MORE than 4 per cent of Australian rural land changes hands each year.This is according to an Australian-first study into farm ownership patterns from 2004 until 2008, conducted by the Rural Industries Research and Development Corporation.
One of the report's authors, University of Sydney Associate Professor Bill Pritchard, said the turnover rate was higher than expected.
"Four per cent each year might not sound like a lot, but if you think it over five years it means 20 per cent of all the land has changed hands,'' he said.
The study also provided a benchmark that future studies could use to track foreign investment, corporate farming, mining uses and impacts of water policies.
"The report is based on 2008 data so it pre-dates the more recent high profile sales involving foreign buyers but there is potential for this data to better inform that debate in the future,'' Prof Pritchard said.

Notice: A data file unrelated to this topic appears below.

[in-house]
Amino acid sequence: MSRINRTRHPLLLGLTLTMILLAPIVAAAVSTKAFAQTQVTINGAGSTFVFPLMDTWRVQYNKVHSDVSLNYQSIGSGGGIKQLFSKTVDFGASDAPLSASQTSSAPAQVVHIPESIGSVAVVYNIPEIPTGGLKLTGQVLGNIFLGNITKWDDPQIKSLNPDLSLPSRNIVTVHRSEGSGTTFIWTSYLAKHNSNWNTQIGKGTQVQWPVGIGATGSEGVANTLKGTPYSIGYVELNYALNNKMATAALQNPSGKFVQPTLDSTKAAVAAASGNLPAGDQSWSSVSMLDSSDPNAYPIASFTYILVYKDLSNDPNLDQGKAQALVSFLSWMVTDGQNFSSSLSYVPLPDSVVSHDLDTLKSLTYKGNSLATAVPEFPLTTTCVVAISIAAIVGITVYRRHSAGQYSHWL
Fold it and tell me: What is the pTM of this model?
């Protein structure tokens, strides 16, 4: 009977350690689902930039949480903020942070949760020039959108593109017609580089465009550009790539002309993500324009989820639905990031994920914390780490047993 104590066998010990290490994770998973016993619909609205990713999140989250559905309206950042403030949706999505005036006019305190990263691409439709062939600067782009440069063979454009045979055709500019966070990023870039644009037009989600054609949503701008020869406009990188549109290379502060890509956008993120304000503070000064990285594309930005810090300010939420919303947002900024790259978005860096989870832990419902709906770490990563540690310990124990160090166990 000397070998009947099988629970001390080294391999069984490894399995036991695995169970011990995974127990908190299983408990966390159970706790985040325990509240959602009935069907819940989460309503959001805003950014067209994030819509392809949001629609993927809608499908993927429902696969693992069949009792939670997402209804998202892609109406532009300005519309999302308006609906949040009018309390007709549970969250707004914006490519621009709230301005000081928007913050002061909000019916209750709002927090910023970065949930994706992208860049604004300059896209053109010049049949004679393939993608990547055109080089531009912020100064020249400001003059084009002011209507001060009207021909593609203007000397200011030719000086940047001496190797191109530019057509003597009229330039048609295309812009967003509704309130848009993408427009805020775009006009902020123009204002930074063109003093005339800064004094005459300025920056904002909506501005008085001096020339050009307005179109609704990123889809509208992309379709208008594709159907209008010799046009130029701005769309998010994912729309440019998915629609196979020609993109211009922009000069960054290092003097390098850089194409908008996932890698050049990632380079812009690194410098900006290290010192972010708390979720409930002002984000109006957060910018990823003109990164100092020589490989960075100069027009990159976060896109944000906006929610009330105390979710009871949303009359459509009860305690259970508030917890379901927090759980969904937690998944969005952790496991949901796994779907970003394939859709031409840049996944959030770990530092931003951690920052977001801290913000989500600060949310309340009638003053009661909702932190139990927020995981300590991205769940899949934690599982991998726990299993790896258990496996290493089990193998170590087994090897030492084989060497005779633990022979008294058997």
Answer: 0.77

More research was needed, he said.
The study shows there was "a much greater diversity, and complexities, of interests in rural land than in previous decades''.
"The idea that Dad and Dave farmers are the major entity holding land is no longer true.''
The study found two major trends in land ownership changes - neighbours buying each other out in the traditional, broadacre farming regions and in more populated areas, a range of non-agricultural demands drove a higher rate of land turnover.
The Federal Government's announcement that it would introduce a register for foreign investment would be a "very difficult task'' to achieve, Prof Pritchard said.
This was because the current databases did not provide enough information about the true ownership of landholders, he said.
"The work we've done will help that process but it is going to be very labour-intensive work, and the register won't be as simple as ticking a box,'' he said.